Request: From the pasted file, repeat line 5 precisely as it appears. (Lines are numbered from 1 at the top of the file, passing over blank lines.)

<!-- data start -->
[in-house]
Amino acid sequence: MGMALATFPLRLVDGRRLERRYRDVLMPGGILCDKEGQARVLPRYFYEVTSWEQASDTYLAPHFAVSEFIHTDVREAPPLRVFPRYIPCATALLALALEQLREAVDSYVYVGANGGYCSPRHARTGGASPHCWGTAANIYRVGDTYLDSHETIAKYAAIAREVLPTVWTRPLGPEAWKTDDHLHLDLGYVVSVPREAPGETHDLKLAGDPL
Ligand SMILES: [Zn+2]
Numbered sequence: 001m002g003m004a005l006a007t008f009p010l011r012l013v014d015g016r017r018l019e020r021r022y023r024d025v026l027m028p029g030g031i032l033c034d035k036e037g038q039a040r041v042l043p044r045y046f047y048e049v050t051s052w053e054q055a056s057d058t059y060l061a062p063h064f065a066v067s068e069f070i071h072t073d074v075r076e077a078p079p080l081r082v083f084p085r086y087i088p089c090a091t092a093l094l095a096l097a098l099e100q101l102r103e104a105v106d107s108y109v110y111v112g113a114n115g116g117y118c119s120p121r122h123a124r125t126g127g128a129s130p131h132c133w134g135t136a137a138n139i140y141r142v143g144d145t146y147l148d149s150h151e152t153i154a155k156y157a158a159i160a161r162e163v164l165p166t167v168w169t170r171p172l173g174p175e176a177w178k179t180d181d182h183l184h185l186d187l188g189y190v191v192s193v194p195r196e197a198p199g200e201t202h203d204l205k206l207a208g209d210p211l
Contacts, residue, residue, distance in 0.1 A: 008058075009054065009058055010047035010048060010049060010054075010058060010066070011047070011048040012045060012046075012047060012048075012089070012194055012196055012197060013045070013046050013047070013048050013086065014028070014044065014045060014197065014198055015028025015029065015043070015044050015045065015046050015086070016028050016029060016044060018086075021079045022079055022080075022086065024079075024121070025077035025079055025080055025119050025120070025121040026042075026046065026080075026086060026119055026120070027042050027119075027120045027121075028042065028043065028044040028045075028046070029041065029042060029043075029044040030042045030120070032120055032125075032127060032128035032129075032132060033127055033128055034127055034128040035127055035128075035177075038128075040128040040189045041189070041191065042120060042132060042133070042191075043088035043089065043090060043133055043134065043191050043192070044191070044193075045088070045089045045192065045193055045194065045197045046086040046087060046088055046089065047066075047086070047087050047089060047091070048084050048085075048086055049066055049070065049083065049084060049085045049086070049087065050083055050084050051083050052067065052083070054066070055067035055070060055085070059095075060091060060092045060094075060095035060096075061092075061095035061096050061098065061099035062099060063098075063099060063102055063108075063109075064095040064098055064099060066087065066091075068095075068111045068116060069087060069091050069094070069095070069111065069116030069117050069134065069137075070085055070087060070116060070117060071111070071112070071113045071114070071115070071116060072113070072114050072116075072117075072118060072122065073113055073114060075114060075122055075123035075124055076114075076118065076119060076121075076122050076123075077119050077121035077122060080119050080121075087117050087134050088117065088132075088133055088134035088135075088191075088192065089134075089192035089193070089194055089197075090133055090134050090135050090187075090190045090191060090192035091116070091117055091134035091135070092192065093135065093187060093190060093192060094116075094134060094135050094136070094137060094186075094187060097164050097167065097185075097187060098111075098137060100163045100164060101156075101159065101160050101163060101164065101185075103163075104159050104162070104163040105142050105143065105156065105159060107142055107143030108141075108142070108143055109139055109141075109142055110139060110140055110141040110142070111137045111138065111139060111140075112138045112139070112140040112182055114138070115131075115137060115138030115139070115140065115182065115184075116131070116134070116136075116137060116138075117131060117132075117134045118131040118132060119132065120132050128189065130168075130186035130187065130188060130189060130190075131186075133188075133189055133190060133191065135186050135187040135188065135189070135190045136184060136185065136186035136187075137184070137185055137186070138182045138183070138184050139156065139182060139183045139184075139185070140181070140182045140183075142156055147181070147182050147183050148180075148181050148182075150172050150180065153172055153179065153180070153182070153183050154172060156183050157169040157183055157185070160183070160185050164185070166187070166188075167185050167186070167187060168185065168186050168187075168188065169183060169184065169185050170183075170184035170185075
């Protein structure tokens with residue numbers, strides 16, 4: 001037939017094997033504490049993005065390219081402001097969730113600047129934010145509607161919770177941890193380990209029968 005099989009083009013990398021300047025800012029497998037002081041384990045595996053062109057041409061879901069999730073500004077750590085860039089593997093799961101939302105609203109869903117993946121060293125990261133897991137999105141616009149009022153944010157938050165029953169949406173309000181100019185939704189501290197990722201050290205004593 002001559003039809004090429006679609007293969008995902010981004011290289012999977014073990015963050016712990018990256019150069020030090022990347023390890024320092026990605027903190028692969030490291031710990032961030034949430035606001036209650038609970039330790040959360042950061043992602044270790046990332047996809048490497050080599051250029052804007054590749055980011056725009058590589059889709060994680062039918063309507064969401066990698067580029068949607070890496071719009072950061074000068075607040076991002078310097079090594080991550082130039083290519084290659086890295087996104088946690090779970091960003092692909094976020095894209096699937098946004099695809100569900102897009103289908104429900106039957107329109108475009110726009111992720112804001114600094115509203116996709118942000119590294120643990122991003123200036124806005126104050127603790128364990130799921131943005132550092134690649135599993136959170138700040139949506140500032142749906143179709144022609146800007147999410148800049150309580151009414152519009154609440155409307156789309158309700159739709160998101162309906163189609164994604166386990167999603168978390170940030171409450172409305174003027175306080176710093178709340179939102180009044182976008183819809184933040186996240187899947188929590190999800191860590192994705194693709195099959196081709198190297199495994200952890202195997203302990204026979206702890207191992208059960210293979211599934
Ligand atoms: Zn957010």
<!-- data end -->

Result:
Contacts, residue, residue, distance in 0.1 A: 008058075009054065009058055010047035010048060010049060010054075010058060010066070011047070011048040012045060012046075012047060012048075012089070012194055012196055012197060013045070013046050013047070013048050013086065014028070014044065014045060014197065014198055015028025015029065015043070015044050015045065015046050015086070016028050016029060016044060018086075021079045022079055022080075022086065024079075024121070025077035025079055025080055025119050025120070025121040026042075026046065026080075026086060026119055026120070027042050027119075027120045027121075028042065028043065028044040028045075028046070029041065029042060029043075029044040030042045030120070032120055032125075032127060032128035032129075032132060033127055033128055034127055034128040035127055035128075035177075038128075040128040040189045041189070041191065042120060042132060042133070042191075043088035043089065043090060043133055043134065043191050043192070044191070044193075045088070045089045045192065045193055045194065045197045046086040046087060046088055046089065047066075047086070047087050047089060047091070048084050048085075048086055049066055049070065049083065049084060049085045049086070049087065050083055050084050051083050052067065052083070054066070055067035055070060055085070059095075060091060060092045060094075060095035060096075061092075061095035061096050061098065061099035062099060063098075063099060063102055063108075063109075064095040064098055064099060066087065066091075068095075068111045068116060069087060069091050069094070069095070069111065069116030069117050069134065069137075070085055070087060070116060070117060071111070071112070071113045071114070071115070071116060072113070072114050072116075072117075072118060072122065073113055073114060075114060075122055075123035075124055076114075076118065076119060076121075076122050076123075077119050077121035077122060080119050080121075087117050087134050088117065088132075088133055088134035088135075088191075088192065089134075089192035089193070089194055089197075090133055090134050090135050090187075090190045090191060090192035091116070091117055091134035091135070092192065093135065093187060093190060093192060094116075094134060094135050094136070094137060094186075094187060097164050097167065097185075097187060098111075098137060100163045100164060101156075101159065101160050101163060101164065101185075103163075104159050104162070104163040105142050105143065105156065105159060107142055107143030108141075108142070108143055109139055109141075109142055110139060110140055110141040110142070111137045111138065111139060111140075112138045112139070112140040112182055114138070115131075115137060115138030115139070115140065115182065115184075116131070116134070116136075116137060116138075117131060117132075117134045118131040118132060119132065120132050128189065130168075130186035130187065130188060130189060130190075131186075133188075133189055133190060133191065135186050135187040135188065135189070135190045136184060136185065136186035136187075137184070137185055137186070138182045138183070138184050139156065139182060139183045139184075139185070140181070140182045140183075142156055147181070147182050147183050148180075148181050148182075150172050150180065153172055153179065153180070153182070153183050154172060156183050157169040157183055157185070160183070160185050164185070166187070166188075167185050167186070167187060168185065168186050168187075168188065169183060169184065169185050170183075170184035170185075